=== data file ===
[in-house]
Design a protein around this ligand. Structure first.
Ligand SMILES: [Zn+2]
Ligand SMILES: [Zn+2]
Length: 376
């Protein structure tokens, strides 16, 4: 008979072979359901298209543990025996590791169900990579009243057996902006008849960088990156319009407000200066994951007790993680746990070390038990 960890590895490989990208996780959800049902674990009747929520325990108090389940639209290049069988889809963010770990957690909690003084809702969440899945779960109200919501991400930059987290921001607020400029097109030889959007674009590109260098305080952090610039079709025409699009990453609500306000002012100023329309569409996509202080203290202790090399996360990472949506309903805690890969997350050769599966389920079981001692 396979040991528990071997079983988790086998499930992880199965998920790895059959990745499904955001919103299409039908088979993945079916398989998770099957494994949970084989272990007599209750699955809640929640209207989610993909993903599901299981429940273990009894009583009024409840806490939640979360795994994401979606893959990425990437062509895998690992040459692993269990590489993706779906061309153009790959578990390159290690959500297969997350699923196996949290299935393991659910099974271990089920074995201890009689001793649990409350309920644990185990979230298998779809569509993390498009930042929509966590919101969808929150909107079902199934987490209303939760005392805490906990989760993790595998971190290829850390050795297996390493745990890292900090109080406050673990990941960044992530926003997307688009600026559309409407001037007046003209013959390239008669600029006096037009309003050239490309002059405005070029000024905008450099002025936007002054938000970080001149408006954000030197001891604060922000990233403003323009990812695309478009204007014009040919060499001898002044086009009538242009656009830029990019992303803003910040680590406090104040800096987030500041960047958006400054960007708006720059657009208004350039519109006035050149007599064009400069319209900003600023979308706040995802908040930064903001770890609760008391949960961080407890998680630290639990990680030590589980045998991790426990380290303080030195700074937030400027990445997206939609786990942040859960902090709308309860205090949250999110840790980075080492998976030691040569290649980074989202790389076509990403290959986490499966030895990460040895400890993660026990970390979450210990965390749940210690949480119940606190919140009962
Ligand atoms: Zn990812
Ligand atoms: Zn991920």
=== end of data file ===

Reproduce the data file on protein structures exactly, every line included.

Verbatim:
[in-house]
Design a protein around this ligand. Structure first.
Ligand SMILES: [Zn+2]
Ligand SMILES: [Zn+2]
Length: 376
């Protein structure tokens, strides 16, 4: 008979072979359901298209543990025996590791169900990579009243057996902006008849960088990156319009407000200066994951007790993680746990070390038990 960890590895490989990208996780959800049902674990009747929520325990108090389940639209290049069988889809963010770990957690909690003084809702969440899945779960109200919501991400930059987290921001607020400029097109030889959007674009590109260098305080952090610039079709025409699009990453609500306000002012100023329309569409996509202080203290202790090399996360990472949506309903805690890969997350050769599966389920079981001692 396979040991528990071997079983988790086998499930992880199965998920790895059959990745499904955001919103299409039908088979993945079916398989998770099957494994949970084989272990007599209750699955809640929640209207989610993909993903599901299981429940273990009894009583009024409840806490939640979360795994994401979606893959990425990437062509895998690992040459692993269990590489993706779906061309153009790959578990390159290690959500297969997350699923196996949290299935393991659910099974271990089920074995201890009689001793649990409350309920644990185990979230298998779809569509993390498009930042929509966590919101969808929150909107079902199934987490209303939760005392805490906990989760993790595998971190290829850390050795297996390493745990890292900090109080406050673990990941960044992530926003997307688009600026559309409407001037007046003209013959390239008669600029006096037009309003050239490309002059405005070029000024905008450099002025936007002054938000970080001149408006954000030197001891604060922000990233403003323009990812695309478009204007014009040919060499001898002044086009009538242009656009830029990019992303803003910040680590406090104040800096987030500041960047958006400054960007708006720059657009208004350039519109006035050149007599064009400069319209900003600023979308706040995802908040930064903001770890609760008391949960961080407890998680630290639990990680030590589980045998991790426990380290303080030195700074937030400027990445997206939609786990942040859960902090709308309860205090949250999110840790980075080492998976030691040569290649980074989202790389076509990403290959986490499966030895990460040895400890993660026990970390979450210990965390749940210690949480119940606190919140009962
Ligand atoms: Zn990812
Ligand atoms: Zn991920």